“Okay, she’s ready,” Rory said when he saw the bitch wretch up stomach contents. “The pre-op is working. Let me do a last check on the heart rate.” He placed his stethoscope in his ears to make sure the heartbeat was steady. It was. “Everything looks ready, let’s induce.”

“What is the white stuff, the anesthesia Doc?” Honey asked. “I’ve only seen Doc Collins use clear anesthetics.”

“This is propofol, it's an anesthetic. I don’t usually use it often because it’s short acting; it lasts only five or ten minutes. It’s good for C-sections because it doesn’t cross through the placentas. The babies are more alert when they are delivered because they aren’t doped up. The old medicine made them drowsy, and it was harder to stimulate the puppies to breathe. I need to show Dana how to give it through the catheter while we are in surgery.”

Rory injected half a syringe of the drug into the catheter, and waited about a minute for the bitch to really go to sleep. Her body slumped into a relaxed heap. He checked her jaw tone, and was able to open her mouth easily. “Ok, now we need to place the endotracheal tube in her windpipe.” He picked up a clear plastic tube a foot long, and squinted into the deep recesses of the oral cavity to make sure he was placing the tube in the right hole. “Got it,” he said, as he tied string around the tube and looped it around the dog’s nose, finishing the attachment in a bow tie. “Now we puff up the cuff on the tube to make all the anesthetic gas stay inside the tubes, and we're done with the prep.”

He rolled her upside down to do a final check on the shaved site and decided to proceed. “Let’s carry her to surgery.”

They placed the bitch on her back on the table, securing her legs with ties, and hooked up the ET tube to the anesthesia machine.

“What level of isoflurane do you want, Doc?” Honey asked.

“I don't want any right now. Just give her oxygen. I don’t want the anesthesia gas started until the puppies are out.” They hooked up the respiration monitor, and heard a reassuring beep every time the bitch inhaled. The breathing rate remained slow and steady.

“Ok Honey, you stay here, and finish her scrub. I’m going to gown up. As soon as I get back you can scrub in.”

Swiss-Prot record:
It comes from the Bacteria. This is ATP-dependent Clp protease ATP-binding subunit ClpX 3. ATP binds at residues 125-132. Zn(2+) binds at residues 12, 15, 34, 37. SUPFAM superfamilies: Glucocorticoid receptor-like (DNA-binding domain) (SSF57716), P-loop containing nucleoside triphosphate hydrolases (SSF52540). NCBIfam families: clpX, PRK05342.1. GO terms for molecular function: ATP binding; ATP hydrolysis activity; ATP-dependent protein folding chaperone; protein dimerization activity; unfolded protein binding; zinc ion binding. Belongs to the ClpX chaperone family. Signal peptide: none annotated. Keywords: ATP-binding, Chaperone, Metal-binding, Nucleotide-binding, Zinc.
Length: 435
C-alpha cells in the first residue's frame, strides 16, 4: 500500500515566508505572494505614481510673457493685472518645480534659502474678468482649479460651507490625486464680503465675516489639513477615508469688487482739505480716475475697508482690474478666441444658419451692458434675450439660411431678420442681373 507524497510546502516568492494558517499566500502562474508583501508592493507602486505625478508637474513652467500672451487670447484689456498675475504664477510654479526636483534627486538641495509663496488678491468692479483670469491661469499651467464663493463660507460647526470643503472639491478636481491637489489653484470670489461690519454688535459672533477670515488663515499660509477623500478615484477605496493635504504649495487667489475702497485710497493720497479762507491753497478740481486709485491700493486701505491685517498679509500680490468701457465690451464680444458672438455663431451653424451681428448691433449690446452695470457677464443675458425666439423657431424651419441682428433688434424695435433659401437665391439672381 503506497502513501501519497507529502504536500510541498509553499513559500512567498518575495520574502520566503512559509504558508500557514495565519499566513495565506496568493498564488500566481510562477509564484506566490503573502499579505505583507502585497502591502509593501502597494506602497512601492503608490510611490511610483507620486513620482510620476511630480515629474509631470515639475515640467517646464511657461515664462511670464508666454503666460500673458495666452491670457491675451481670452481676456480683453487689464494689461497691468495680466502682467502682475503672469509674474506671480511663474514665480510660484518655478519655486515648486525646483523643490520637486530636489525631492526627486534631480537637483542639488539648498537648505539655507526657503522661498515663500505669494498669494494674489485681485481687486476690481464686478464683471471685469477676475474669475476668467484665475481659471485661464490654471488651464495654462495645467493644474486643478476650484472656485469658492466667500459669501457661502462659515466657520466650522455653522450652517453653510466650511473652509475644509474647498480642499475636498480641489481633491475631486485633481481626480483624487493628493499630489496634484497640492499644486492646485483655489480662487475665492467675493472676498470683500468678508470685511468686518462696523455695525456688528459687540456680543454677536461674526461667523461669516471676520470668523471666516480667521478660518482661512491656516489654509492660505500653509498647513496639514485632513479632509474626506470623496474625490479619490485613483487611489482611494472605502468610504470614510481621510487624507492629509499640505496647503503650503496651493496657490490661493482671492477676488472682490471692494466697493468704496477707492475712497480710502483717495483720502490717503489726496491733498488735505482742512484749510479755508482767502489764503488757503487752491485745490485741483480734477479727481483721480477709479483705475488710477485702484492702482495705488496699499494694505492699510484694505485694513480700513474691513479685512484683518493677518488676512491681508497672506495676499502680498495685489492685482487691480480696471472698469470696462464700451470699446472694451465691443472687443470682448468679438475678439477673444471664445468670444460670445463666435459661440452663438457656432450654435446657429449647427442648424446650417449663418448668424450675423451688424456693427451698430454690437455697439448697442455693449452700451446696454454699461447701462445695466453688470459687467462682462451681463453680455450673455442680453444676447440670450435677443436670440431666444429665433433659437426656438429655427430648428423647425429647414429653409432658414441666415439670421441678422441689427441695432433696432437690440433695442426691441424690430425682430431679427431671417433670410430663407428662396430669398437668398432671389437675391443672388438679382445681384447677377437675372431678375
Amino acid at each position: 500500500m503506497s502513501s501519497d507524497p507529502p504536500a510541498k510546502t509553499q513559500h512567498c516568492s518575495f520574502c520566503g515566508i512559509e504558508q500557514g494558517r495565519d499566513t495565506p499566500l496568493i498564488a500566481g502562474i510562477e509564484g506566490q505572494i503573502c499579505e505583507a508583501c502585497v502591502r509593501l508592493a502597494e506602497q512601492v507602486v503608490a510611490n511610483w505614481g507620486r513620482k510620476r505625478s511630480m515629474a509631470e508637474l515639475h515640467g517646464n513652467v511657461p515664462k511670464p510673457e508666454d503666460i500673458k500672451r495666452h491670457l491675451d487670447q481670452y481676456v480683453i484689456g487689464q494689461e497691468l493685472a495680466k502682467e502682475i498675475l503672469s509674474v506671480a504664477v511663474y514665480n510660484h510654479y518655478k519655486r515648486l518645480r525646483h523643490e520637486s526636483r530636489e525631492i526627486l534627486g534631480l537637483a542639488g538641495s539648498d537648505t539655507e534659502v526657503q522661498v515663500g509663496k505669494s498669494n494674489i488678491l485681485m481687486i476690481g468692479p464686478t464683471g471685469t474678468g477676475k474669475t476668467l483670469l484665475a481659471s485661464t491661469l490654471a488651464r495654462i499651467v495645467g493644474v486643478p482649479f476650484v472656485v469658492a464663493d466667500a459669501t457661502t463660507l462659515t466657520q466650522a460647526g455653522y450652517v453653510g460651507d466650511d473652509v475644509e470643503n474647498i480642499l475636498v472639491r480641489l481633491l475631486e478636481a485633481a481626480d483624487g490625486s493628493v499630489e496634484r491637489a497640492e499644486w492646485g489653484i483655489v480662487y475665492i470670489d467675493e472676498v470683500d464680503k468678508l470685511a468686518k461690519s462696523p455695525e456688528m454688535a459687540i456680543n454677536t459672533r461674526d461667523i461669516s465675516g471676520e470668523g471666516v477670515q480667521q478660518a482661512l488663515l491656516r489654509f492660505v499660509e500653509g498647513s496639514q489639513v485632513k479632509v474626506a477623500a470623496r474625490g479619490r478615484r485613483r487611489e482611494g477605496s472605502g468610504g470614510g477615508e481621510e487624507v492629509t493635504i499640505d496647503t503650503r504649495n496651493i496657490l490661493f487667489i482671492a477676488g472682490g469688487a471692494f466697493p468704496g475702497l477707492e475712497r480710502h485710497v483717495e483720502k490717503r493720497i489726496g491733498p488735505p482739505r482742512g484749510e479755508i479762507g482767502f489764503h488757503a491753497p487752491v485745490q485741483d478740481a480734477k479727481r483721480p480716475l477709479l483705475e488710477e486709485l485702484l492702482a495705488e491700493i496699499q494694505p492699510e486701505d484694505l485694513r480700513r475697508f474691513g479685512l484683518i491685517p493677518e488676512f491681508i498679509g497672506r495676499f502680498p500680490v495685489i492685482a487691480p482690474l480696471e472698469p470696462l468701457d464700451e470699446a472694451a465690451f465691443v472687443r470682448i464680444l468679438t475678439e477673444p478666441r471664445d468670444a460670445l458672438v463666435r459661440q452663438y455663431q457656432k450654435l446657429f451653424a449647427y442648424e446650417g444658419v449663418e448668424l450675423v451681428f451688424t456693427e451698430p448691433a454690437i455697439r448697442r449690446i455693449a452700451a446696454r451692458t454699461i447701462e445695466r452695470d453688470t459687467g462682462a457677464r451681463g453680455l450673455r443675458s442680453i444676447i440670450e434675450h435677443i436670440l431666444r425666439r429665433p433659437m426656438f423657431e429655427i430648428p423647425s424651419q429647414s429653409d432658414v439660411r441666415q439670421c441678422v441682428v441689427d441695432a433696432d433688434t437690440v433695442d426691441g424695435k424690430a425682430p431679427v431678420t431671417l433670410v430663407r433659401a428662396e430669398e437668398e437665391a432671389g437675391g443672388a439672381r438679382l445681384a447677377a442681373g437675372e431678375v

A few minutes later he was back, dressed in a surgical gown, holding his gloved hands in the air. Do you see how I'm holding my hands? This is the way to keep gloved hands sterile. Never let them drop below the waist because bacteria float around down there. The feet and legs kick it up from the floor. So, when you get your gloves on, keep the hands high, right at head level. Just remember, the risk of contamination increases the closer one is to the floor. Okay, it's your turn to gown up.”

She left as he proceeded to drape the dog. He placed one sterile towel on each side and one at both ends of the surgery site to keep the area Honey disinfected clean and sterile. He unfolded a cloth drape and placed it atop the toweled off section. Because the big drape was three by three feet it gave him a large sterile field to play on, making surgery easier because he wouldn’t have to worry about contamination from hairs or other body parts. He started the surgery before Honey was back. He didn’t need an assistant at this early stage.

Grabbing a stainless steel surgical blade he set it just below the dog’s belly button and gently yet firmly made a clean incision right through the skin into the underlying fatty subcutaneous tissue. He made a straight line from her belly button towards her vulva and stopped when he had a six-inch long incision.

Honey returned, holding her hands up like a well-trained surgeon. Again Rory was impressed with her astuteness. She stood opposite him across the surgery table.

“Your gloved hands are